There is a button on a Kiosk style web app I am developing that destroys all session variables and chucks the person back to the logon screen (logging them out).

When I took the project over the writing is 'Exit' which is clear to the users (not technical people in the slightest) but inaccurate as you don't actually exit the program (the web browser).

I am thinking about changing the wording to logout, because that is exactly what it does, but will non-technical types know this word? I can't even assume users have ever been on the web before.

Any feedback or third options would be greatly appreciated.

  • 7
    Nitpick: it's "Log out". "Logout" is a noun; presumably, your link denotes an action, and therefore should be a verb. :-)
    – Rahul
    Commented Aug 19, 2010 at 14:33
  • @Rahul - that isn't a Nitpick, you are totally right! Cheers for pointing it out.
    – Toby
    Commented Aug 19, 2010 at 14:58
  • Do you have an icon? Depending on your icon that might drive the copy or vice a versa.
    – IanL
    Commented Aug 23, 2010 at 19:23
  • @IanL - Nope, no icon or branding as such.
    – Toby
    Commented Aug 24, 2010 at 13:02
  • 2
    According to the answers to this question, you should probably use sign out instead of "log out." Commented Aug 30, 2010 at 17:36

5 Answers 5


I don't think you should bend the facts to make it sound better for novice users.

If the buttons logs the user out it should say logout or it can say close or end session or any other word or statement synonymous with logout but since it doesn't exit it shouldn't say exit.

  • 4
    Many times we may think we are making things easier for the user by changing terms used to make them "user friendly", but in reality we are making it worse because elements like logout buttons are standard practice across the web. It is easier to learn something once than to have to relearn again for every interface. Commented Aug 19, 2010 at 14:56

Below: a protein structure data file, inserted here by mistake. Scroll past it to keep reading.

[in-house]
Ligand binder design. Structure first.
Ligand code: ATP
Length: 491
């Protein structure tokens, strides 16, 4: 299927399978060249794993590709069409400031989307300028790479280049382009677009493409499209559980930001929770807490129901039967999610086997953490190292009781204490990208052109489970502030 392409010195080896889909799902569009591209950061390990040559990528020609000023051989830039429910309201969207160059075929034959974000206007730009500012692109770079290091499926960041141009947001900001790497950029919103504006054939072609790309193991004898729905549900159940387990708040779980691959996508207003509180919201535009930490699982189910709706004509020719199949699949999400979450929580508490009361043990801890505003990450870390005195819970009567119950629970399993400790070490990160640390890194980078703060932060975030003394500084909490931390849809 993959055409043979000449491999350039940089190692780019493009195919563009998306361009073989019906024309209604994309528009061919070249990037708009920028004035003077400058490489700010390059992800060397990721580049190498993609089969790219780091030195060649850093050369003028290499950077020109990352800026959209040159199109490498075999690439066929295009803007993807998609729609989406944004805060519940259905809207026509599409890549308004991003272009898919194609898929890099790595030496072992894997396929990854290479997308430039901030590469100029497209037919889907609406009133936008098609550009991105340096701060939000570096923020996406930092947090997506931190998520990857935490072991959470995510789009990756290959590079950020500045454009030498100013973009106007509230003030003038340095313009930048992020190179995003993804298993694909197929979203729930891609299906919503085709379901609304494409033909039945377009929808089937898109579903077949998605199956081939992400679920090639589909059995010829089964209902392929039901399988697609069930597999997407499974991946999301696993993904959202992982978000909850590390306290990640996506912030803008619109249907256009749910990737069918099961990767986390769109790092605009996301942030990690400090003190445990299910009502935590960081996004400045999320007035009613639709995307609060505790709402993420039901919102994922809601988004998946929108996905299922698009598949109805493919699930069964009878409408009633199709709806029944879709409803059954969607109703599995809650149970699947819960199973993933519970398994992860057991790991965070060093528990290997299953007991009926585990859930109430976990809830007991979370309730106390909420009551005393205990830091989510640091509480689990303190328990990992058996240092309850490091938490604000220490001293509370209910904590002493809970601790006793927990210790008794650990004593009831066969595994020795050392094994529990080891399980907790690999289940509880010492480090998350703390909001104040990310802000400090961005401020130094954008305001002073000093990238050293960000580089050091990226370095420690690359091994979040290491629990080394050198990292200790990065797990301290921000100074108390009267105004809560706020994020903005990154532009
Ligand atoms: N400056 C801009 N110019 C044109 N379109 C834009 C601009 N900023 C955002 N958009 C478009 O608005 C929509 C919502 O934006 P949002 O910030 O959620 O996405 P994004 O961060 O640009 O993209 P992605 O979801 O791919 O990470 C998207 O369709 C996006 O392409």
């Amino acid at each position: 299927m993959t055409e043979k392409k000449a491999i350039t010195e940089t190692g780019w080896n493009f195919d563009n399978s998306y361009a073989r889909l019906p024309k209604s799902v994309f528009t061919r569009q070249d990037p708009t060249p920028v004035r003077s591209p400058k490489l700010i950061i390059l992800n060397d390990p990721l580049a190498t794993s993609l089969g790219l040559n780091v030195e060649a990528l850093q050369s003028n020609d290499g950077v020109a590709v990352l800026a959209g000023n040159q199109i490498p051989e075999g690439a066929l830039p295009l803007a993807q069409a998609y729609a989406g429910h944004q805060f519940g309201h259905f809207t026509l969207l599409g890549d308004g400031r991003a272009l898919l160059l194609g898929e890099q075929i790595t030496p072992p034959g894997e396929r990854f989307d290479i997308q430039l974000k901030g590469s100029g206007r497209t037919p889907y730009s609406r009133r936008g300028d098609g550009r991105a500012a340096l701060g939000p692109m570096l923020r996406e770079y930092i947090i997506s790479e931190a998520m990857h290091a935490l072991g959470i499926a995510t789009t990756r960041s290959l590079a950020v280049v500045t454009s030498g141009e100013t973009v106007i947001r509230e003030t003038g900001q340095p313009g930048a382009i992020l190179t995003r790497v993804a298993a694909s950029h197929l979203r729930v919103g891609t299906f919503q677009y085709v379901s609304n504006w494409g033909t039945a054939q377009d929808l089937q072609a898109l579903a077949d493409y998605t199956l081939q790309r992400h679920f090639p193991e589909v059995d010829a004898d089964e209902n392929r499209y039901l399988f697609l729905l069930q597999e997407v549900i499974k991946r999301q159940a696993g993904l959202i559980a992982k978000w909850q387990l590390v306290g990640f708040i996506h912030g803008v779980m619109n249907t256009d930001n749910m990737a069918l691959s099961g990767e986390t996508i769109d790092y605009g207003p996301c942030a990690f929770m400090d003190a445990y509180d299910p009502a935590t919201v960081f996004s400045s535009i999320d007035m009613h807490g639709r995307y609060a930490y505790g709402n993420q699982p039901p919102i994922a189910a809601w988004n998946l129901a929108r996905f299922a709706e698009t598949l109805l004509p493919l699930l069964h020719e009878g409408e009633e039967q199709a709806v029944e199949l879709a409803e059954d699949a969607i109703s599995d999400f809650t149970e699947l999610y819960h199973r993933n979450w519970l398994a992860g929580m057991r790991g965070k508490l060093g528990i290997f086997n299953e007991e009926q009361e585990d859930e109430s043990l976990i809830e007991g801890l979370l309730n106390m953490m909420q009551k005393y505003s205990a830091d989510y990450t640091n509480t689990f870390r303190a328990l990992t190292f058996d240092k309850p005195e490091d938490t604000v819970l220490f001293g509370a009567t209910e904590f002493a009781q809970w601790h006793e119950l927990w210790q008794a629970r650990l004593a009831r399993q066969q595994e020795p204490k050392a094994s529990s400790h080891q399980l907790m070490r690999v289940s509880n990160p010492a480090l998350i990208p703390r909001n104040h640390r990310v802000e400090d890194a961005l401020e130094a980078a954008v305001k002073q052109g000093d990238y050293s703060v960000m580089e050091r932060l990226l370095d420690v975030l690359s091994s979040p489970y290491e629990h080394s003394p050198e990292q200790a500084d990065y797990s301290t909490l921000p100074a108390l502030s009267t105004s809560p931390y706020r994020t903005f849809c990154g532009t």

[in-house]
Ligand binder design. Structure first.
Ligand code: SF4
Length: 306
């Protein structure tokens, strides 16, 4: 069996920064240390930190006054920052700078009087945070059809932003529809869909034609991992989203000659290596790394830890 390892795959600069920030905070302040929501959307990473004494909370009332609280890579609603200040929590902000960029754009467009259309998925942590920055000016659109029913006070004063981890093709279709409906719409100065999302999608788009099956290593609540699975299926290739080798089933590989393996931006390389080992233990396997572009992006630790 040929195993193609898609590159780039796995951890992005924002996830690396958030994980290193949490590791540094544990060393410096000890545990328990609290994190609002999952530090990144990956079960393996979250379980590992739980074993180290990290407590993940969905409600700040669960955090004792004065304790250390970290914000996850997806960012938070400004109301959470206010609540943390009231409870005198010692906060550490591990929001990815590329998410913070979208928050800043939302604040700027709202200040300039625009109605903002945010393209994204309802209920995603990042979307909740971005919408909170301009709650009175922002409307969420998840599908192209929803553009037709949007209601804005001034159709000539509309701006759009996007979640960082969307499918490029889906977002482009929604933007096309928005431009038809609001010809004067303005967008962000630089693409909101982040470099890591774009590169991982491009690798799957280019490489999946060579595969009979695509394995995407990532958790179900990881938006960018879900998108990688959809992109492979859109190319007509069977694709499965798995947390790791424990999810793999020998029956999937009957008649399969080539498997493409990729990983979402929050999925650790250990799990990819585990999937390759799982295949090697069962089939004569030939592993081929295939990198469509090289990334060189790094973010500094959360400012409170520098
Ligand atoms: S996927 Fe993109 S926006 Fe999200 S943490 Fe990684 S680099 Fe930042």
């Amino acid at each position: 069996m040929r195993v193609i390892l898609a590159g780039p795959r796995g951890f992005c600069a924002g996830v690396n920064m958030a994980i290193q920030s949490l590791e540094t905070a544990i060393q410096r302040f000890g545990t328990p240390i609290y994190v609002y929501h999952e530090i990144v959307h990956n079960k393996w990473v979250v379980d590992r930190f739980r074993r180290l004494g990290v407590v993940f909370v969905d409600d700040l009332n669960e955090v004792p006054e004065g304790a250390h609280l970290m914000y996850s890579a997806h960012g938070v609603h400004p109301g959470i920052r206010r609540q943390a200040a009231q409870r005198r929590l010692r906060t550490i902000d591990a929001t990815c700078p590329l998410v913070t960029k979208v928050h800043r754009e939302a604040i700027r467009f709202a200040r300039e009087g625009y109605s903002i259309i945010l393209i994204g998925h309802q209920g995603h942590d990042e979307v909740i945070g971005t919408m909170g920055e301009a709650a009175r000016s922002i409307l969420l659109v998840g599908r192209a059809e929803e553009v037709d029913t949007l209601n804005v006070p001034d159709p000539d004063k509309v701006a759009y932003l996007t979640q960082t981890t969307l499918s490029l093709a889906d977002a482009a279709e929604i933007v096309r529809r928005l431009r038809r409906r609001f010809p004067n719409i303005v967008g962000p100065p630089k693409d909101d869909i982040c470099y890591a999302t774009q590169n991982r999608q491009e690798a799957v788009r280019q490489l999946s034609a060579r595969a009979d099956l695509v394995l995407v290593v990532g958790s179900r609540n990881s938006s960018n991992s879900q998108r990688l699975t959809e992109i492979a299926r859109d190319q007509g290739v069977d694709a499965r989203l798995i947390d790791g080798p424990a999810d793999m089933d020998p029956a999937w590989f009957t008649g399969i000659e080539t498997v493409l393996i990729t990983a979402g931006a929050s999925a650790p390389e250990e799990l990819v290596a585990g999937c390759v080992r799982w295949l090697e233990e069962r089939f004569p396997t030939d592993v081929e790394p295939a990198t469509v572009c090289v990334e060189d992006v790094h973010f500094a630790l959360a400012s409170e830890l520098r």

• Because the user exits the web app, I do not see why “exit” is incorrect, even though the user does not exit the web browser. Not that I oppose to “sign out” or “log out.” Commented Dec 9, 2010 at 12:57
  • Actually, it should say Log Out and not Logout because logout is a noun or an adjective and log out is a verb. Since they are performing an action, that's the proper phrase to put there. Commented Dec 10, 2010 at 14:15

Logging out implies that the session has been closed; the next user won't be able to access your data. It may not make much difference to the novice, but experienced users will likely be much more comfortable using the kiosk if they know they can log out.


Your typical user nowadays has email, and logs in to quite a number of other sites, for example facebook, which all have a prominent Log Out link, so it's my belief that the logout link should be instantly recognizable to users.

To use a computer, even, they are required to know about 'logging off'.

  • As I say, I cannot assume they have ever been on the net before, it is a web app but it will be in a Kiosk environment.
    – Toby
    Commented Aug 19, 2010 at 13:57

I would think user expectation is also important. Is there a long standing user base? They may get confused. Changes to an UI also can always create a situation in which users that have used the particular UI will hesitate because they are somewhat on an autopilot, but the change is throwing that off.

Therefore, you want to think about if this change is really worth it. If you have a small user base, or can communicate the change easily than this is certainly easier.

  • The app is still in development, this is not a concern, good point though.
    – Toby
    Commented Aug 19, 2010 at 14:57

How about "Done"? Or "Done, Back to Home Screen"?

I agree that a lot of users would understand what "Log out" means nowadays, but I don't find it appropriate for a kiosk. A close example would be an ATM machine -- never saw one that says "Log out".

  • 1
    done means I'm doing this task, it's suitable as the submit button on a form. using it for logout is too confusing.
    – hasen
    Commented Aug 21, 2010 at 2:49

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